International Ocean Film Festival

Q&A (4/23 @ 10:00 AM PST) - Discovering the Deep

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Discovering The Deep

Date: Friday April 23 at 10:00 AM PST

Note: Please click on the link at the bottom of this page to add this event to your calendar.

Meet the panelists:

Sebastian Nicholls - Moderator

Sebastian Nicholls currently works at the Pew Charitable Trusts, Ocean Conservation program. He has written petitions on the need for a Sustainable Development Goal on the ocean and expanded marine protected areas, and he has engaged world leaders to advance marine conservation. He believes restoring marine ecosystems and mitigating climate change are the critical challenges of our time, as both are crucial for a prosperous future. Sebastian has contributed to the Huffington Post, planned conferences at Georgetown University featuring world leaders discussing ocean conservation, and developed a vision to empower youth to create a sustainable future. He was the main student involved in planning the first-ever youth component of the Our Ocean Conference in 2016 and a parallel youth summit has become a fixture of the event since then. Sebastian also serves on the Board of Directors of the International Ocean Film Festival and California EV nonprofit Charge Across Town.



John Dutton:

John Dutton is an award-winning filmmaker based in Los Angeles. Over the past 20 years his work has taken him from the bustling red carpets of Hollywood to the remotest beaches of Indonesia and the Solomon Islands, serving as Director, Producer, Cameraman, Editor and Writer on a diverse series of documentaries and films.

With a background in biology and geology and a fascination for science and conservation, John produces blue-chip science and wildlife films for ORF Enterprises and their international broadcaster partners, Smithsonian TV, ARTE, ZDF; short documentaries for NOAA (National Oceanic Atmospheric Administration), U.S. National Marine Fisheries Service, the Smithsonian Institute, as well as for NGO’s such as National Marine Sanctuary Foundation, WWF, Wildcoast International, Ocean Ecology Network, ProNatura and The Nature Conservancy.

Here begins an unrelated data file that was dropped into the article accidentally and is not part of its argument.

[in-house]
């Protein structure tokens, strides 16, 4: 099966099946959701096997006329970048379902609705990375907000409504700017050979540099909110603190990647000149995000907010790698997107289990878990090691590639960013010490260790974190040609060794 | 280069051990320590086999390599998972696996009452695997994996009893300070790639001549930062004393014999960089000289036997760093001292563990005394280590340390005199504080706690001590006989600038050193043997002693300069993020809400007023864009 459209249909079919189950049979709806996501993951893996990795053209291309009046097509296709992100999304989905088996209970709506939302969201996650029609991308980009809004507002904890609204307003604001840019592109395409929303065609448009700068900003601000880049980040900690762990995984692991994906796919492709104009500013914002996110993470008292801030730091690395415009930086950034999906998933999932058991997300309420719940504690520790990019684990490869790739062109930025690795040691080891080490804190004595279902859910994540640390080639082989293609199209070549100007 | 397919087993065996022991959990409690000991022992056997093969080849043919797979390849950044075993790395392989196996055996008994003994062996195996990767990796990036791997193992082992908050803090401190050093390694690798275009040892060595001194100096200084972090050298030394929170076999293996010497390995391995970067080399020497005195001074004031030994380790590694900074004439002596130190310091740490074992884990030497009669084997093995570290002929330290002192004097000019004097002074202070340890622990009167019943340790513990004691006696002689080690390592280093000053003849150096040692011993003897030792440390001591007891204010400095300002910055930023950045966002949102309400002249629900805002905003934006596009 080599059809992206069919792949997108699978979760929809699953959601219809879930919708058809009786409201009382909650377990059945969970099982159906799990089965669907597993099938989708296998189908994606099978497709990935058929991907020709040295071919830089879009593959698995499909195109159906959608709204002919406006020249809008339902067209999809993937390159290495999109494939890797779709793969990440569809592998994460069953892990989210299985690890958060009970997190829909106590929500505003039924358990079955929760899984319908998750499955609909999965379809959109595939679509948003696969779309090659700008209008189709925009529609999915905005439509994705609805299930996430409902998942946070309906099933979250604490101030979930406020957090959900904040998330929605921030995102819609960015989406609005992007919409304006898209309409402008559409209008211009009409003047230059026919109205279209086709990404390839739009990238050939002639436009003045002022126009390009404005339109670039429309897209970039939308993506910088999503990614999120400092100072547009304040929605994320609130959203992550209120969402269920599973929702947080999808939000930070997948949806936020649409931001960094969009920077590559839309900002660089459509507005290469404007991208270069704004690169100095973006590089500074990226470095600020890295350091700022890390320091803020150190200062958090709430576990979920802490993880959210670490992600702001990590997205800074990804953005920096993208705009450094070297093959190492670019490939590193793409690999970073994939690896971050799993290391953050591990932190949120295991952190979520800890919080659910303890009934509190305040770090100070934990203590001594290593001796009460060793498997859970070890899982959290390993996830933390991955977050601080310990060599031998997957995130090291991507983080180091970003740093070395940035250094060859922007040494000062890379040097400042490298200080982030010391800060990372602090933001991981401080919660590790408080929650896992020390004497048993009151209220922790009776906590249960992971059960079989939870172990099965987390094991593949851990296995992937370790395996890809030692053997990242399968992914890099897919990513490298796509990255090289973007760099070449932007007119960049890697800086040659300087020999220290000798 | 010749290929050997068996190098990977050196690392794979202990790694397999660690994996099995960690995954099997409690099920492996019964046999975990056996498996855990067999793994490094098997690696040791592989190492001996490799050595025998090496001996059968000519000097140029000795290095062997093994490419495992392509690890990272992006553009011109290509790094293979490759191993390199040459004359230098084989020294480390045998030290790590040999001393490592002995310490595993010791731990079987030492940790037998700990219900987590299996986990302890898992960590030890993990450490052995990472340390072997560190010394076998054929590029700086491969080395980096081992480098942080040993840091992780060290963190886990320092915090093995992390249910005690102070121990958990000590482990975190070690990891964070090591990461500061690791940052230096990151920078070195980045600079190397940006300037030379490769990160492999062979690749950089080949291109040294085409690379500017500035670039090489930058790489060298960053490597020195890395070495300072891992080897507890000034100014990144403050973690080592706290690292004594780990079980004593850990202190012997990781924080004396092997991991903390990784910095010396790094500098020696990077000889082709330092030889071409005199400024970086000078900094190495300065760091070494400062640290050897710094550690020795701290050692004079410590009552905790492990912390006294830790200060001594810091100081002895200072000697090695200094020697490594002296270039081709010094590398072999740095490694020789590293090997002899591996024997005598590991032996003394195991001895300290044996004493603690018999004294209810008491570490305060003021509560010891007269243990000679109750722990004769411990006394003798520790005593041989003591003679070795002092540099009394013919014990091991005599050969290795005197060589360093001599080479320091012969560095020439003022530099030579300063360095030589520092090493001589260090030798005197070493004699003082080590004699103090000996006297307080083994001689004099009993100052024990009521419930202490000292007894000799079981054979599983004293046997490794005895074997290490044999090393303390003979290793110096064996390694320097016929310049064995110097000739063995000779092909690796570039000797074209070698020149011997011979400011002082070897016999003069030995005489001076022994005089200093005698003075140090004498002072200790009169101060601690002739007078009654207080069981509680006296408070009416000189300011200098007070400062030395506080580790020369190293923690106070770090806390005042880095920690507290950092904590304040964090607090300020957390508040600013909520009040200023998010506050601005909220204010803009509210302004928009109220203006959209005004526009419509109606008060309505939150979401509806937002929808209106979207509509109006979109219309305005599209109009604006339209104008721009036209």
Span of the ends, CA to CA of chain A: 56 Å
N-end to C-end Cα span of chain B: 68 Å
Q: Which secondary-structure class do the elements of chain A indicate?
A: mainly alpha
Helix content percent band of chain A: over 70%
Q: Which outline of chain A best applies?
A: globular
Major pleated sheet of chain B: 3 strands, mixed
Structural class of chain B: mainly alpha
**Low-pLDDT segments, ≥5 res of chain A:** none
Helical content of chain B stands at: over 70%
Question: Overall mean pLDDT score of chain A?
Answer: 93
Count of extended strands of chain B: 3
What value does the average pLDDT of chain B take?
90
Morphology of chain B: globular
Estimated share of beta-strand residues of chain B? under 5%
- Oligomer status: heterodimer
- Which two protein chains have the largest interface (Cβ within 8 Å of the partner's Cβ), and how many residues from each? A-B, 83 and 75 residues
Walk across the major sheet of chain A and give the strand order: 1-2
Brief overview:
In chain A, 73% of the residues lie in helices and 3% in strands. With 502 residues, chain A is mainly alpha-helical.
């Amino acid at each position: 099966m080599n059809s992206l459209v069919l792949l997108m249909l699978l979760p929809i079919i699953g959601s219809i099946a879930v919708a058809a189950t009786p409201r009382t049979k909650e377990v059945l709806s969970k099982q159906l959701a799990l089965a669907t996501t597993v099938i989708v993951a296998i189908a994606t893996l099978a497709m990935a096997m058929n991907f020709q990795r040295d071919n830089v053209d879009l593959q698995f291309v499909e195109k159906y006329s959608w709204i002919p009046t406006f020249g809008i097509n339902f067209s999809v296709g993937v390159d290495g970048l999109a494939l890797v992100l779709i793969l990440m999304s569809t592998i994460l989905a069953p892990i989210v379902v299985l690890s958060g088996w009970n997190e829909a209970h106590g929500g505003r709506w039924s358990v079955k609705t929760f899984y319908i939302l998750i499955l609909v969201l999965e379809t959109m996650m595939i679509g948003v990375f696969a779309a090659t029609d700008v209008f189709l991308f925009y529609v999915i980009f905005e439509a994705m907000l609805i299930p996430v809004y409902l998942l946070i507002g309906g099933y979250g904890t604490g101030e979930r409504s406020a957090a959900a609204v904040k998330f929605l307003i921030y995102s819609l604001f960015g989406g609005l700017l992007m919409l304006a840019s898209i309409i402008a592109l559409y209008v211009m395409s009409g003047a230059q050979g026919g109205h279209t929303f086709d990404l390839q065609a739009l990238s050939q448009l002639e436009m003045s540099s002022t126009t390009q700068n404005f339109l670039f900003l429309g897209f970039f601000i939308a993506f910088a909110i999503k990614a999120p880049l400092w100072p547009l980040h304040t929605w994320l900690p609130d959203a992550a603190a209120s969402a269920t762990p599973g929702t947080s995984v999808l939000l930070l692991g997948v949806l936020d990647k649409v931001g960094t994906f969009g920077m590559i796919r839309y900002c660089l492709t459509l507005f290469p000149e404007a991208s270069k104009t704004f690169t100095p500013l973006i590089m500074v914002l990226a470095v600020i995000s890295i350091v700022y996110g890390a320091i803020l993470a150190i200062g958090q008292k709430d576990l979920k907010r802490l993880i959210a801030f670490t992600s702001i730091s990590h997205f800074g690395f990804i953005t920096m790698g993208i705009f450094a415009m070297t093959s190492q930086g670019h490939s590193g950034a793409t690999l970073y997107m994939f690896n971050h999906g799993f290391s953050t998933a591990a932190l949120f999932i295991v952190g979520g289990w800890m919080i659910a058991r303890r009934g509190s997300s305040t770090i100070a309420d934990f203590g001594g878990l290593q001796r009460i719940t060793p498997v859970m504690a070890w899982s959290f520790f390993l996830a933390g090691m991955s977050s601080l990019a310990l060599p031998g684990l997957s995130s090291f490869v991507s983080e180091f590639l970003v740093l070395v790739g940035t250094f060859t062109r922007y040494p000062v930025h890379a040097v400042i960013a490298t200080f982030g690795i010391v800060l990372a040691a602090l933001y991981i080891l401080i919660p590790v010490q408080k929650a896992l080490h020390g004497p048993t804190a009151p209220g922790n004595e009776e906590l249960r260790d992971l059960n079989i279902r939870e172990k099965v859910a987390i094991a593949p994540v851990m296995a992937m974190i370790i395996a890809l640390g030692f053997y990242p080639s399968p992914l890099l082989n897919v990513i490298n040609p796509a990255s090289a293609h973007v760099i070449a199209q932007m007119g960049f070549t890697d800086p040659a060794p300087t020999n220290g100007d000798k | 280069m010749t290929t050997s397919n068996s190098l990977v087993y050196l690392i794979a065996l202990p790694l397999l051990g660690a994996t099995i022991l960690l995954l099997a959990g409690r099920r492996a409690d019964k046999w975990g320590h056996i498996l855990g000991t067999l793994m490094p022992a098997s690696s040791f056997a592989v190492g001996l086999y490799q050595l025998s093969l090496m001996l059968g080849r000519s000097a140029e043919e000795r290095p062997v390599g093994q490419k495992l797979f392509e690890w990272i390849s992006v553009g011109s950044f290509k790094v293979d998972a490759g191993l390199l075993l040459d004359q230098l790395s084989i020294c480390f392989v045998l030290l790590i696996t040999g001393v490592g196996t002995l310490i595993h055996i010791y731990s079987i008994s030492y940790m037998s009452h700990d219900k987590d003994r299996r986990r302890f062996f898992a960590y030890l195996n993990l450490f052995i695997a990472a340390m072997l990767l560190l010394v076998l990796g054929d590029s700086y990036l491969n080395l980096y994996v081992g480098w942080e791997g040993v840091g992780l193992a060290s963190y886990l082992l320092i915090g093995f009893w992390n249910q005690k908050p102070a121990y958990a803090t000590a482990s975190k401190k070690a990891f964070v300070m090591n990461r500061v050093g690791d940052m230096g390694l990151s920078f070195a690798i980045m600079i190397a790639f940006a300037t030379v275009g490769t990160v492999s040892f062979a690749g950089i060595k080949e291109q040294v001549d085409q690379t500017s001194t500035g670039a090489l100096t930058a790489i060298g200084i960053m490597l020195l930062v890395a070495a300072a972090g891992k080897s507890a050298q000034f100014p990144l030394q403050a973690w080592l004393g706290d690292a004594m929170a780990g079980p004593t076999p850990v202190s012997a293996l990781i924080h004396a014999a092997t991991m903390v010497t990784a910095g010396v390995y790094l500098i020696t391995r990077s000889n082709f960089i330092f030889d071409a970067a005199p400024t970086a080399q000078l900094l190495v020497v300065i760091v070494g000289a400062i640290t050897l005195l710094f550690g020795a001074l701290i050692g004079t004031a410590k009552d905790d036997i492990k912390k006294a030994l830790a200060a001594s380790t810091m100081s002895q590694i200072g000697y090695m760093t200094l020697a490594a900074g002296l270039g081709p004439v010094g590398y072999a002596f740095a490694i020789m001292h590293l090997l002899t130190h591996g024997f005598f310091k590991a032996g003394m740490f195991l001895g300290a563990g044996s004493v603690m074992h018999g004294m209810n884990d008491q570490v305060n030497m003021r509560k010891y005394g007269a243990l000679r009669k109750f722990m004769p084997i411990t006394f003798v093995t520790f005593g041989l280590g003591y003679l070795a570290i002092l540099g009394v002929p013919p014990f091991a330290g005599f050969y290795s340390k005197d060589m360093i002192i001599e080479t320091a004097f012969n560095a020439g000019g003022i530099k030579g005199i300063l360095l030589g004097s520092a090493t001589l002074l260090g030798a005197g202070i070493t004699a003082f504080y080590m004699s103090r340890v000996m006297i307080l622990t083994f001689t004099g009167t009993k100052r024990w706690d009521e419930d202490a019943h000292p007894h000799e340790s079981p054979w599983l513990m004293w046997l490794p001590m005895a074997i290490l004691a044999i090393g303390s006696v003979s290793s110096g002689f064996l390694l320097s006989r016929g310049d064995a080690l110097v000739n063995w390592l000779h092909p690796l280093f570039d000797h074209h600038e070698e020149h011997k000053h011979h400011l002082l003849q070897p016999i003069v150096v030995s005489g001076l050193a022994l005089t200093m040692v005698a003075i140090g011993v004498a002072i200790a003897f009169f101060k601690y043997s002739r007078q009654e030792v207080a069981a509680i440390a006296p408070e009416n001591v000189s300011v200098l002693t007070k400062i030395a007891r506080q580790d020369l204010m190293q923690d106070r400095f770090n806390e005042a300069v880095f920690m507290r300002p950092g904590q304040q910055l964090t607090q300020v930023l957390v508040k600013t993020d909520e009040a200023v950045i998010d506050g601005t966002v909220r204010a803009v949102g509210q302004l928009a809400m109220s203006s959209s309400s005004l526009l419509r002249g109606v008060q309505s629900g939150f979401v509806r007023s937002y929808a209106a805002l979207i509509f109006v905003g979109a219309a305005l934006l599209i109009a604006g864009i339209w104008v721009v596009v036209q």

You can learn more about John's work at his website


Chad King:

Chad has been with the Monterey Bay National Marine Sanctuary since 2002, and is responsible for the collection, analyses and dissemination of spatial data for the Sanctuary Integrated Monitoring Network (SIMoN) and MBNMS. These data help integrate past and present monitoring programs within the Sanctuary and are the foundation of decision making tools such as interactive maps that are made available to the general public. He is also a NOAA Divemaster and an active participant in subtidal research, including kelp forest and invasive species monitoring and underwater photography and videography. Additionally, he produces short outreach films and has produced significant content for the Sanctuary Exploration Center. Chad was instrumental in developing “SeaPhoto”, an iOS app that features imagery and life history content of the MBNMS. Chad earned a Bachelor of Science in Marine Biology at the University of California, Santa Cruz, and a Master of Science in Marine Science from Moss Landing Marine Laboratories. His academic research focused on kelp forest ecology and subtropical ecological dynamics and genetics in the Gulf of California.



Jennifer Brown:

As the Ecosystem Scientist for the Sanctuary Integrated Monitoring Network (SIMoN), Jennifer Brown is responsible for developing and coordinating ecosystem assessments at both local and regional levels. These ecosystem models and condition reports help address resource management needs for integrated monitoring information. Additionally, Jennifer provides science support for the Marine Protected Areas MBNMS Action Plan through the development of data summaries and resource assessments.

Jennifer has a Bachelor of Science in Biology from the University of California, Los Angeles, and a Doctorate in Ecology and Evolutionary Biology from the University of California, Santa Cruz. Her research focused on evaluating the relative value of nearshore ecosystems at nursery grounds for juvenile flatfish. Other past projects focused on the Monterey Bay area include: 1) A Review of Marine Zones in the Monterey Bay National Marine Sanctuary which is part of the National Marine Sanctuary Conservation Series, 2) A plan for monitoring the fish assemblage in Elkhorn Slough prepared for the Elkhorn Slough National Research Reserve, and 3) a review of the Special Status Species that reside in or transit through the Monterey Bay National Marine Sanctuary.